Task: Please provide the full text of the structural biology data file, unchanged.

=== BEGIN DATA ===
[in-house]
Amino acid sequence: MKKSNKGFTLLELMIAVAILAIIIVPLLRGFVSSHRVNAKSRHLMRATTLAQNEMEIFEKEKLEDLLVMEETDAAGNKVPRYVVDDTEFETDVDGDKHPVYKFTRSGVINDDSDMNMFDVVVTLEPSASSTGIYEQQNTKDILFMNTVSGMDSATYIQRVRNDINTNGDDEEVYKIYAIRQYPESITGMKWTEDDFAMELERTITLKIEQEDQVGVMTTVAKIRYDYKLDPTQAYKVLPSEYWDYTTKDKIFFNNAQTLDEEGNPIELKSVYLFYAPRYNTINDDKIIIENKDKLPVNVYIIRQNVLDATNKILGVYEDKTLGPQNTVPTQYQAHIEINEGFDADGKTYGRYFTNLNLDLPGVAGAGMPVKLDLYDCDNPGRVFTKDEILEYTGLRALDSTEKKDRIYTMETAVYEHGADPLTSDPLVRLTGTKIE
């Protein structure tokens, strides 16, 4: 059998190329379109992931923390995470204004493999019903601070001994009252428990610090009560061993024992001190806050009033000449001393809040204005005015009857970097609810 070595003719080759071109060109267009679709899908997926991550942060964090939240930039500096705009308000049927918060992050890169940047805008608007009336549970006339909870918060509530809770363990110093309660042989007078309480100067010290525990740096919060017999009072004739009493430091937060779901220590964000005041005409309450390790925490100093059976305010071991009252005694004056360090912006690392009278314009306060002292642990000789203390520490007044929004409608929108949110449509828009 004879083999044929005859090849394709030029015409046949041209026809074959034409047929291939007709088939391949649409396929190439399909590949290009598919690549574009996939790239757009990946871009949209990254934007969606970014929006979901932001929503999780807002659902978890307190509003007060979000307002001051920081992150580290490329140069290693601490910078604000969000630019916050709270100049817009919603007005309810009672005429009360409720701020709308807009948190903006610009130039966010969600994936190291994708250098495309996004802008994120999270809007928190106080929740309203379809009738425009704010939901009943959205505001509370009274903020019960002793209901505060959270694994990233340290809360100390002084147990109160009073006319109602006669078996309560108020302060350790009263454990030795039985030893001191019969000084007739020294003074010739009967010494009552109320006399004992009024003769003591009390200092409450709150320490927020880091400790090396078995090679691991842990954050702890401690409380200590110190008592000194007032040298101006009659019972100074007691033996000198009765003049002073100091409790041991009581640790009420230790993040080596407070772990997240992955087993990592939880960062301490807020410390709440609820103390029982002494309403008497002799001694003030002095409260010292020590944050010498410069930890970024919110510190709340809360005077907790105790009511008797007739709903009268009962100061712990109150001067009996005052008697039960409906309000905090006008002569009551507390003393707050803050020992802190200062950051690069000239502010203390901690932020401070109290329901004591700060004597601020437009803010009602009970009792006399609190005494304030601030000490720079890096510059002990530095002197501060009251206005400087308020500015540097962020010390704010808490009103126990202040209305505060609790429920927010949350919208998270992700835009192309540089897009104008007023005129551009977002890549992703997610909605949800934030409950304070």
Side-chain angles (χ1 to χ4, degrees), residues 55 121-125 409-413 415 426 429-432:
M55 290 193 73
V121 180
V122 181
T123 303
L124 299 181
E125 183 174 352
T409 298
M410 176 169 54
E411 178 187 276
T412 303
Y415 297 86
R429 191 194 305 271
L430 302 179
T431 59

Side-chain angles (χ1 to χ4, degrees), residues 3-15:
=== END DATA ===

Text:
[in-house]
Amino acid sequence: MKKSNKGFTLLELMIAVAILAIIIVPLLRGFVSSHRVNAKSRHLMRATTLAQNEMEIFEKEKLEDLLVMEETDAAGNKVPRYVVDDTEFETDVDGDKHPVYKFTRSGVINDDSDMNMFDVVVTLEPSASSTGIYEQQNTKDILFMNTVSGMDSATYIQRVRNDINTNGDDEEVYKIYAIRQYPESITGMKWTEDDFAMELERTITLKIEQEDQVGVMTTVAKIRYDYKLDPTQAYKVLPSEYWDYTTKDKIFFNNAQTLDEEGNPIELKSVYLFYAPRYNTINDDKIIIENKDKLPVNVYIIRQNVLDATNKILGVYEDKTLGPQNTVPTQYQAHIEINEGFDADGKTYGRYFTNLNLDLPGVAGAGMPVKLDLYDCDNPGRVFTKDEILEYTGLRALDSTEKKDRIYTMETAVYEHGADPLTSDPLVRLTGTKIE
């Protein structure tokens, strides 16, 4: 059998190329379109992931923390995470204004493999019903601070001994009252428990610090009560061993024992001190806050009033000449001393809040204005005015009857970097609810 070595003719080759071109060109267009679709899908997926991550942060964090939240930039500096705009308000049927918060992050890169940047805008608007009336549970006339909870918060509530809770363990110093309660042989007078309480100067010290525990740096919060017999009072004739009493430091937060779901220590964000005041005409309450390790925490100093059976305010071991009252005694004056360090912006690392009278314009306060002292642990000789203390520490007044929004409608929108949110449509828009 004879083999044929005859090849394709030029015409046949041209026809074959034409047929291939007709088939391949649409396929190439399909590949290009598919690549574009996939790239757009990946871009949209990254934007969606970014929006979901932001929503999780807002659902978890307190509003007060979000307002001051920081992150580290490329140069290693601490910078604000969000630019916050709270100049817009919603007005309810009672005429009360409720701020709308807009948190903006610009130039966010969600994936190291994708250098495309996004802008994120999270809007928190106080929740309203379809009738425009704010939901009943959205505001509370009274903020019960002793209901505060959270694994990233340290809360100390002084147990109160009073006319109602006669078996309560108020302060350790009263454990030795039985030893001191019969000084007739020294003074010739009967010494009552109320006399004992009024003769003591009390200092409450709150320490927020880091400790090396078995090679691991842990954050702890401690409380200590110190008592000194007032040298101006009659019972100074007691033996000198009765003049002073100091409790041991009581640790009420230790993040080596407070772990997240992955087993990592939880960062301490807020410390709440609820103390029982002494309403008497002799001694003030002095409260010292020590944050010498410069930890970024919110510190709340809360005077907790105790009511008797007739709903009268009962100061712990109150001067009996005052008697039960409906309000905090006008002569009551507390003393707050803050020992802190200062950051690069000239502010203390901690932020401070109290329901004591700060004597601020437009803010009602009970009792006399609190005494304030601030000490720079890096510059002990530095002197501060009251206005400087308020500015540097962020010390704010808490009103126990202040209305505060609790429920927010949350919208998270992700835009192309540089897009104008007023005129551009977002890549992703997610909605949800934030409950304070």
Side-chain angles (χ1 to χ4, degrees), residues 55 121-125 409-413 415 426 429-432:
M55 290 193 73
V121 180
V122 181
T123 303
L124 299 181
E125 183 174 352
T409 298
M410 176 169 54
E411 178 187 276
T412 303
Y415 297 86
R429 191 194 305 271
L430 302 179
T431 59

Side-chain angles (χ1 to χ4, degrees), residues 3-15: